Illustration H: Target derives substantial value from India on the last day of its accounting period prior to transfer of its shares, but does not derive substantial value from India as on the date of the transfer itself. Book value of assets of the Target as on the date of transfer, does not exceed by 15% the book value of its assets as on the last of day of its accounting period, prior to the date of transfer.
The Circular clarifies that in such a situation, the indirect transfer provisions will apply even if the Target does not derive substantial value from India as on the date of the transfer of its shares. If only the valuation as on the transfer date is considered, that would result in an abuse of law.
In addition to the queries / clarifications stated above, following representations were also made:
Increase in INR 100 million threshold for determining whether the Target derives substantial value from assets situated in India; Increase in 5% threshold for availing the Small Shareholders exemption; Exclusion for FPIs regulated and listed on recognized stock exchanges from the indirect transfer provisions; Extension of exemption currently available on internal restructuring (mergers/ demergers) of corporate entities, to non-corporate entities as well; Specified date for the purpose of determining the applicability of indirect transfer provisions to be considered as date of transfer of assets, and not the last date of the accounting period prior to the date of transfer; Practical challenges for the Indian public limited companies listed on a recognized stock exchange in India in complying with the reporting requirements under the indirect transfer provisions, given the volume and frequency of investments made by offshore funds, investors in which may keep changing frequently; and Relief be provided to FPIs from withholding tax requirements, or increase in threshold for enforcing the withholding tax requirement, given their operational structures and challenges in complying with the provisions.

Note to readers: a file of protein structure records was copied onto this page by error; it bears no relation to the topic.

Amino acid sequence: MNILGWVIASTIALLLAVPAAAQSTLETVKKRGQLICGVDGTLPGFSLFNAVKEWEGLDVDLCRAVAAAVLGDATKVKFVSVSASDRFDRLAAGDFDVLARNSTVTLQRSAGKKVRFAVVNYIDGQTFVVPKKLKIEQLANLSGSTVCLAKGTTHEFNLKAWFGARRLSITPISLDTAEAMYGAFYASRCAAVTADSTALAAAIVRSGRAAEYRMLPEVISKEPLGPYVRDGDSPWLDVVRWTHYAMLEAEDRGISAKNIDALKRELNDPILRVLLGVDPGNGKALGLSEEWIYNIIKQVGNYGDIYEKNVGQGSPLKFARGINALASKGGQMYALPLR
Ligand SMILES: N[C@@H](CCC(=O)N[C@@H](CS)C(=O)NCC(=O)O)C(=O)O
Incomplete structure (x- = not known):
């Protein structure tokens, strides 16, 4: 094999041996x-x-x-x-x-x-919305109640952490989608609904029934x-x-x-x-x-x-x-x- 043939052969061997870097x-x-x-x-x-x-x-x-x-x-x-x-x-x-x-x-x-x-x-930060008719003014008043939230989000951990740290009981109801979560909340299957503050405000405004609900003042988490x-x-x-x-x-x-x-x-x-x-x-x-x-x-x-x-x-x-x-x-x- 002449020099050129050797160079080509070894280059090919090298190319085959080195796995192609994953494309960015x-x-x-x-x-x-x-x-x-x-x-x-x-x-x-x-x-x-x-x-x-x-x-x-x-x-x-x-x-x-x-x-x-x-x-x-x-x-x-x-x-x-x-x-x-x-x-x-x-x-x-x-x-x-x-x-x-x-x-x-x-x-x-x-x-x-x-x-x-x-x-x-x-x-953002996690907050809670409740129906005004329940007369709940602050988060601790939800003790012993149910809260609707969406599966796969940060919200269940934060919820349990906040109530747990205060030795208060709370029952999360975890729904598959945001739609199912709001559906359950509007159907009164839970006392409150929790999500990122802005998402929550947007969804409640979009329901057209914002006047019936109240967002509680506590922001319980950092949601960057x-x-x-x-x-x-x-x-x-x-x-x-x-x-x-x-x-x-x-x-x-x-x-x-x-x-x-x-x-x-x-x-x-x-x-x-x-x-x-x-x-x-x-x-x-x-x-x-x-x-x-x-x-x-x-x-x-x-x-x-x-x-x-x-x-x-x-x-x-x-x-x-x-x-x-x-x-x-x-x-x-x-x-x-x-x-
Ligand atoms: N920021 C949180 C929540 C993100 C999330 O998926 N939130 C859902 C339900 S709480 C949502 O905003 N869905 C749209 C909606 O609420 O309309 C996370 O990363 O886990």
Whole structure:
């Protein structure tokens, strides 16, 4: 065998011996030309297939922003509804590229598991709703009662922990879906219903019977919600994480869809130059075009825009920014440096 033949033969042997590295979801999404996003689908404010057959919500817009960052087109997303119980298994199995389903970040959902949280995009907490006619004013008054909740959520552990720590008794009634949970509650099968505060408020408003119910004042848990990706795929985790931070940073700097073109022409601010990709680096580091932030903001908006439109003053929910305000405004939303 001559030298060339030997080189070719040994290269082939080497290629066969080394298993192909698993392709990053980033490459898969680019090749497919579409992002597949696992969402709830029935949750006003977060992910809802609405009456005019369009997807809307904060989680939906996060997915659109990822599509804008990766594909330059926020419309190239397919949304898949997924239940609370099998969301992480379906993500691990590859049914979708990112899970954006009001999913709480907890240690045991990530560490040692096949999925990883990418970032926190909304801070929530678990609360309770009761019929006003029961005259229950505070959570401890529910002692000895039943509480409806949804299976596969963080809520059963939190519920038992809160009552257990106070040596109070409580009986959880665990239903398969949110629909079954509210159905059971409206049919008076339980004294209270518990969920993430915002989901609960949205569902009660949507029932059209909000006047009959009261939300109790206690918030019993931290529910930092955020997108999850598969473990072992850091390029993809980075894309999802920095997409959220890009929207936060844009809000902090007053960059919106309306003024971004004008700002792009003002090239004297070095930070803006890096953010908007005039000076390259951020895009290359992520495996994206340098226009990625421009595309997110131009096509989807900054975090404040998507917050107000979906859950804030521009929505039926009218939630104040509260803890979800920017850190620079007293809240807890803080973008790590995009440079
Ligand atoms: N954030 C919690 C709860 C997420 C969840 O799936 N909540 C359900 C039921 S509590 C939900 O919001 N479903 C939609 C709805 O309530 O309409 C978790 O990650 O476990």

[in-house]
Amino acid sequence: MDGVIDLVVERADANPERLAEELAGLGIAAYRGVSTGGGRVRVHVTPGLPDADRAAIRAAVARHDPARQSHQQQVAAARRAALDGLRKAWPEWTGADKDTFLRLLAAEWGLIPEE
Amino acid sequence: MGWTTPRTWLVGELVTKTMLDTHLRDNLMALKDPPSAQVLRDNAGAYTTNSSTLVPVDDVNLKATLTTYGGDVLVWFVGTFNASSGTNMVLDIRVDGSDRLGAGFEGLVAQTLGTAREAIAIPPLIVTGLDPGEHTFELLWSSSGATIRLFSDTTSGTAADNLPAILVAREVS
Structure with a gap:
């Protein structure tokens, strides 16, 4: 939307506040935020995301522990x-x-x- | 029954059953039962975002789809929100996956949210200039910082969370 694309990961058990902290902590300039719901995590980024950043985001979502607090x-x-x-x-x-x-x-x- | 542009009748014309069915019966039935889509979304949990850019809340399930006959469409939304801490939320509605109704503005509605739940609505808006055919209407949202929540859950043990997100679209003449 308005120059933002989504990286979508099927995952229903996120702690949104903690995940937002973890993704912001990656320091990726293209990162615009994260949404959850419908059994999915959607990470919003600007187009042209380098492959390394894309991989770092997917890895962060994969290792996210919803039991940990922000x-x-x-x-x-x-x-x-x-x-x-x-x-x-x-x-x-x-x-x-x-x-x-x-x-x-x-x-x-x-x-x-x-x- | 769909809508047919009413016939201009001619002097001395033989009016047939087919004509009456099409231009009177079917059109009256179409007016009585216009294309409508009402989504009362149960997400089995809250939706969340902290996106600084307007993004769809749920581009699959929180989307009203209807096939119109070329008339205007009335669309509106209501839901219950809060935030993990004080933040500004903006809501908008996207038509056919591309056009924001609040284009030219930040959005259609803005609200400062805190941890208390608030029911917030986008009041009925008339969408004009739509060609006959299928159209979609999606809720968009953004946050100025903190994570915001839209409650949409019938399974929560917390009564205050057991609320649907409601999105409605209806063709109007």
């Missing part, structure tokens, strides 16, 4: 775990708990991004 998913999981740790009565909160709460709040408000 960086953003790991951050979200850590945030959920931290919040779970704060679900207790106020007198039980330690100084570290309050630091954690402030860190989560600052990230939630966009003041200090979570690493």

However, the CBDT in the Circular, has broadly stated that the current provisions are reasonable and appropriate, and relaxation of the same would not be feasible.
The key takeaway from the clarifications provided by the CBDT, is that while interpreting the indirect transfer provisions, one must comply with the strict letter of the law, and the provisions should not be interpreted in a manner wider than what is specifically stated, even if there are practical challenges.
One must note that most of the concerns raised by the stakeholders can be best addressed by legislative amendments to the substantive provisions and that the government could not have resolved those through a clarificatory circular or delegated rule making authority. Thus, it is hoped that the government in its upcoming budget (to be presented in February 2017), while recognising the fairness of some of these demands, introduces appropriate amendments to ensure a non-adversarial and a clearer tax regime. Such a move would go a long way in bolstering the investor confidence and may provide a fillip to the Indian securities market.
Ritu Shaktawat (Principal Associate) and Sneh Shah (Associate)
For any queries please contact: email@example.com
 Circular No 41 of 2016
 Vodafone International Holdings BV v Union of India  341 ITR 1